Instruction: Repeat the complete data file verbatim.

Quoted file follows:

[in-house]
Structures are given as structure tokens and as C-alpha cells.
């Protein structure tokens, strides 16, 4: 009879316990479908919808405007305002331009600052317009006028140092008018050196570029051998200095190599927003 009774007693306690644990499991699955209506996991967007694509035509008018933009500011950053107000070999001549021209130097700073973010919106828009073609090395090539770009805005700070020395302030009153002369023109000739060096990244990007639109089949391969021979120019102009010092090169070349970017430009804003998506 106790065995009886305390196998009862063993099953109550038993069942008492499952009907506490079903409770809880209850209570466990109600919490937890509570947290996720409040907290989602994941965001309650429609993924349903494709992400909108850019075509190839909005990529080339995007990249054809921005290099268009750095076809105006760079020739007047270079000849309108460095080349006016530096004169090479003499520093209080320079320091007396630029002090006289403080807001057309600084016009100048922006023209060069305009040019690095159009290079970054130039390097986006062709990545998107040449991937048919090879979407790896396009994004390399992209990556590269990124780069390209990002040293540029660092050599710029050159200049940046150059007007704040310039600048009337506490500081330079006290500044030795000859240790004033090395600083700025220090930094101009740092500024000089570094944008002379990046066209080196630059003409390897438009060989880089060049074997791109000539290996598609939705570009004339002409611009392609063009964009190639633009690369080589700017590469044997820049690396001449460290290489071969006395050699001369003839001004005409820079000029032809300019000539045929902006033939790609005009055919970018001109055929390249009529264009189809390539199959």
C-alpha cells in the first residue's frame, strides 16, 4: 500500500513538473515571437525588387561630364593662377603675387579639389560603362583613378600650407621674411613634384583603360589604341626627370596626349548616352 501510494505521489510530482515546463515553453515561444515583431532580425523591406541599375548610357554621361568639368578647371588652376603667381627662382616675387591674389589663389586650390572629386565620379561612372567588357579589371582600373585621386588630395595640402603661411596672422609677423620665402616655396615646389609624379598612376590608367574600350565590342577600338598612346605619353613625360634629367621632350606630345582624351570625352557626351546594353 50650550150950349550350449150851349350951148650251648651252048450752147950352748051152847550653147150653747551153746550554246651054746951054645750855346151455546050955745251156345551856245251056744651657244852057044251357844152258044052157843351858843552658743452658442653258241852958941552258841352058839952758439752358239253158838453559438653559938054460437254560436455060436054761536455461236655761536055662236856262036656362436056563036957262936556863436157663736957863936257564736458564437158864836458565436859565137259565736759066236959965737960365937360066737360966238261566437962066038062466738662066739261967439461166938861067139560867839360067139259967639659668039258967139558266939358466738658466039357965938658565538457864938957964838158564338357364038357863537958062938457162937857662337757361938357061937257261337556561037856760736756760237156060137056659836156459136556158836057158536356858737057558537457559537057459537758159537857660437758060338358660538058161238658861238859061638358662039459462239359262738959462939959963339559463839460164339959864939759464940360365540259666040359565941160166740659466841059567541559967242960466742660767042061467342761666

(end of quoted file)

[in-house]
Structures are given as structure tokens and as C-alpha cells.
């Protein structure tokens, strides 16, 4: 009879316990479908919808405007305002331009600052317009006028140092008018050196570029051998200095190599927003 009774007693306690644990499991699955209506996991967007694509035509008018933009500011950053107000070999001549021209130097700073973010919106828009073609090395090539770009805005700070020395302030009153002369023109000739060096990244990007639109089949391969021979120019102009010092090169070349970017430009804003998506 106790065995009886305390196998009862063993099953109550038993069942008492499952009907506490079903409770809880209850209570466990109600919490937890509570947290996720409040907290989602994941965001309650429609993924349903494709992400909108850019075509190839909005990529080339995007990249054809921005290099268009750095076809105006760079020739007047270079000849309108460095080349006016530096004169090479003499520093209080320079320091007396630029002090006289403080807001057309600084016009100048922006023209060069305009040019690095159009290079970054130039390097986006062709990545998107040449991937048919090879979407790896396009994004390399992209990556590269990124780069390209990002040293540029660092050599710029050159200049940046150059007007704040310039600048009337506490500081330079006290500044030795000859240790004033090395600083700025220090930094101009740092500024000089570094944008002379990046066209080196630059003409390897438009060989880089060049074997791109000539290996598609939705570009004339002409611009392609063009964009190639633009690369080589700017590469044997820049690396001449460290290489071969006395050699001369003839001004005409820079000029032809300019000539045929902006033939790609005009055919970018001109055929390249009529264009189809390539199959």
C-alpha cells in the first residue's frame, strides 16, 4: 500500500513538473515571437525588387561630364593662377603675387579639389560603362583613378600650407621674411613634384583603360589604341626627370596626349548616352 501510494505521489510530482515546463515553453515561444515583431532580425523591406541599375548610357554621361568639368578647371588652376603667381627662382616675387591674389589663389586650390572629386565620379561612372567588357579589371582600373585621386588630395595640402603661411596672422609677423620665402616655396615646389609624379598612376590608367574600350565590342577600338598612346605619353613625360634629367621632350606630345582624351570625352557626351546594353 50650550150950349550350449150851349350951148650251648651252048450752147950352748051152847550653147150653747551153746550554246651054746951054645750855346151455546050955745251156345551856245251056744651657244852057044251357844152258044052157843351858843552658743452658442653258241852958941552258841352058839952758439752358239253158838453559438653559938054460437254560436455060436054761536455461236655761536055662236856262036656362436056563036957262936556863436157663736957863936257564736458564437158864836458565436859565137259565736759066236959965737960365937360066737360966238261566437962066038062466738662066739261967439461166938861067139560867839360067139259967639659668039258967139558266939358466738658466039357965938658565538457864938957964838158564338357364038357863537958062938457162937857662337757361938357061937257261337556561037856760736756760237156060137056659836156459136556158836057158536356858737057558537457559537057459537758159537857660437758060338358660538058161238658861238859061638358662039459462239359262738959462939959963339559463839460164339959864939759464940360365540259666040359565941160166740659466841059567541559967242960466742660767042061467342761666